It's taken only two days of practice to convince Redskin players that there should be little, if any, poststrike dropoff evident during Sunday's game against the New York Giants.
"I think it may be so good Sunday that it will take a football technician to be able to tell whether we've been away for a long time or not," kick returner Mike Nelms said. "I don't think you are going to see that much difference between this and any other game.
"I came back thinking it would be different. I thought timing would be off and that we'd need too much time to brush up on our techniques. Even if you are in shape, it takes time to get things coordinated. Certainly, it won't be exactly the same as if we had kept playing, but it's not going to be half as bad as anyone might think."
What about the cynical predictions of teams producing Football Folly highlight films Sunday with their poor play?
"It's just not going to happen," running back Joe Washington said. "If a guy was coming off a desert island and didn't know there had been a strike, he wouldn't be able to tell the difference, no way.
"If anything, there are some pluses about the layoff. Usually you would see guys playing in their 10th or 11th game of the season. Everyone would be beat up and sore, and when you are like that, you can't play as well as you should. Now everyone is fresh and you can respond faster. Far as I'm concerned, they should give us a week off every year after eight games. Everyone would profit from that."
Quarterback Tom Owen: "I haven't seen any difference in practice. These guys are all professionals, they are going to perform. I think it will be a well-played game. Maybe it won't be the same as if we had been playing right along, but not that many obnoxious things are going to happen out there."
Center Jeff Bostic: "We are 2-0 and with a short season, we know how important each game is. You might not see a lot of fancy stuff, but it's going to be a down-home, hard-hitting physical game. We came back in good physical condition and I think it helped that our passing game-people worked out together during the strike.
"I don't see much dropoff in that phase so far. Besides, money will motivate a lot of people. Sometimes that can drive you to a higher caliber of performance."
Guard Mark May, who already feels "really sore" physically, had predicted the night the strike ended that teams would produce "late exhibition season" caliber football Sunday. Now, he's not so sure.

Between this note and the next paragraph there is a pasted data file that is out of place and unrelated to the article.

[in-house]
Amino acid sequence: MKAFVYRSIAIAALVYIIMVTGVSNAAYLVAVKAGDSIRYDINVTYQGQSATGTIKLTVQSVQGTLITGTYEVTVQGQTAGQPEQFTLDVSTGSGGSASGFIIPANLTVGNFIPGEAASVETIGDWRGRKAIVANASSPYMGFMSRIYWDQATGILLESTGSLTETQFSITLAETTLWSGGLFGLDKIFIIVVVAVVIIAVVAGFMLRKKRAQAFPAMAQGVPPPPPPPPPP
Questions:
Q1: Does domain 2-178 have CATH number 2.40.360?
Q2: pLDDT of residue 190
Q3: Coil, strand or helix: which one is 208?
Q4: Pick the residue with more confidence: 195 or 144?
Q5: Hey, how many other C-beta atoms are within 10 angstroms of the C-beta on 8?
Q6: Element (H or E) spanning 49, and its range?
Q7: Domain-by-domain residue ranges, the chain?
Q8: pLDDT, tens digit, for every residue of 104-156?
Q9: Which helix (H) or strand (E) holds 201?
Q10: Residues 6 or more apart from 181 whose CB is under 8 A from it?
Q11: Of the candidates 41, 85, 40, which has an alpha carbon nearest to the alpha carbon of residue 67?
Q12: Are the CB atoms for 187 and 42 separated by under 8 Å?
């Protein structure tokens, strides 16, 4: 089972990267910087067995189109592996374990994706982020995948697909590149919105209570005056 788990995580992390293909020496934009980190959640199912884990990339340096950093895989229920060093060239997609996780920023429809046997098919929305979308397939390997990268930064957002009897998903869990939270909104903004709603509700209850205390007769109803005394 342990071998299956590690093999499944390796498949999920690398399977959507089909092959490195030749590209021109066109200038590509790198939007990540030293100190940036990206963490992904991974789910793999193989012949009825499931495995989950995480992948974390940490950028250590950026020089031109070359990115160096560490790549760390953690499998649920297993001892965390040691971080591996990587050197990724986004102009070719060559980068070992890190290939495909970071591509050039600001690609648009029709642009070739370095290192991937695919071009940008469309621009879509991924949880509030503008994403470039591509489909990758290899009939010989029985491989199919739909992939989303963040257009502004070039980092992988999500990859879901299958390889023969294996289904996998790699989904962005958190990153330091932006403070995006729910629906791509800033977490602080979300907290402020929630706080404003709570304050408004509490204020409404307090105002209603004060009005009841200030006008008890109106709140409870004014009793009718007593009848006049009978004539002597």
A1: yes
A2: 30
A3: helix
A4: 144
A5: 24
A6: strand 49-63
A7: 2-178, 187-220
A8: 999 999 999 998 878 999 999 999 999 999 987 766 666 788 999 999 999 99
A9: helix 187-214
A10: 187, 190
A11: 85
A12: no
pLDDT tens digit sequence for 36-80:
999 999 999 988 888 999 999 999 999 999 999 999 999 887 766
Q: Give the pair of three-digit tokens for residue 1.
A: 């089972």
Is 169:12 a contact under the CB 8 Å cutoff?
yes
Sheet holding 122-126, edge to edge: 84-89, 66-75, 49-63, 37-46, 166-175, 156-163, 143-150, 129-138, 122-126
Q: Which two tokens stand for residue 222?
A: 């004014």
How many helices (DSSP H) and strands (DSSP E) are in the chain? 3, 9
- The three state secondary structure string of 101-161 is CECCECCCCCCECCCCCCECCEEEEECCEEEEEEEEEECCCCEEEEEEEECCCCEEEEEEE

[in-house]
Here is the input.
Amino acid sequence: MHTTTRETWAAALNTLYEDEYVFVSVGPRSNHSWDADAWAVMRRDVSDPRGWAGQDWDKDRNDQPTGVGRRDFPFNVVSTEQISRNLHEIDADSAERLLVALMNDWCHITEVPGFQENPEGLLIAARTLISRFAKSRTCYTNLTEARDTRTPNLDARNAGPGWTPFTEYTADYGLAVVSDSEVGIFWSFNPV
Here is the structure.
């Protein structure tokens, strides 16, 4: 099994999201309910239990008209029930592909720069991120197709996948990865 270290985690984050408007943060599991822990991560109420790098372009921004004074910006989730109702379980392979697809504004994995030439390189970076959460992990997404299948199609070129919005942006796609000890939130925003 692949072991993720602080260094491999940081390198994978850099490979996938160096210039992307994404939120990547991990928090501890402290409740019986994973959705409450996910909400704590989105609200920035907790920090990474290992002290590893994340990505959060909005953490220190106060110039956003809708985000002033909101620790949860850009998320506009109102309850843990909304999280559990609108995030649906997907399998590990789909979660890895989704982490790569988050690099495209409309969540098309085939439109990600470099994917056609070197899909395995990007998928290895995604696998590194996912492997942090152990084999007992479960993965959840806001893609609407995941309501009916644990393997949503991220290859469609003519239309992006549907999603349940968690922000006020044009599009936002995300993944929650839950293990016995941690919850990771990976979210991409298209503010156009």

"It's going to be more of a mental game. The teams that can concentrate the best are going to win," he said. "Things are coming along with us real fast. We still don't have everything down pat but people will be surprised at the caliber of play."
There is disagreement, however, over just what phase of the game has suffered most from the long layoff.
Coach Joe Gibbs is convinced passing will be the most affected. Owen agrees.
"There are so many variables involved," Owen said. "The timing of the passing game has to be just right to make it work. The guy throwing the pass goes to the wrong receiver and everything is messed up. Or someone misses a blitz."
But running back Clarence Harmon feels the running game will have more problems.
"It takes so much coordination along the line to get the running game going just right," Harmon said. "Besides, we've been working on the passing part during the strike, so that's in good shape. But linemen haven't been hitting and they haven't been run blocking. That makes a difference."
Washington: "I can see fatigue being a problem, so teams with depth will be better off. And it will help to get the passing game cranked up. If you put together a sustained march of 60 yards or so, it's going to have an effect. It will be tough to come back and do that again. You need some long passes to make it easier.
"I've already told them they better have three oxygen tanks at the bench, one at either end and one in the middle. We're going to need them."
All Redskins practiced yesterday, after the arrival of linebacker Monte Coleman and fullback Wilbur Jackson . . . Gibbs is so concerned about muscle pulls that he even cautioned receiver Art Monk during practice to "slow down" after Monk accelerated to catch a pass in practice . . . The Redskins met for an hour longer than usual and practiced for at least 20 minutes longer than normal as Gibbs rushes to make up for time lost by the strike . . . "The problem is, you have to go back over the goals that got us here in the first place, plus go over the game plan," Gibbs said.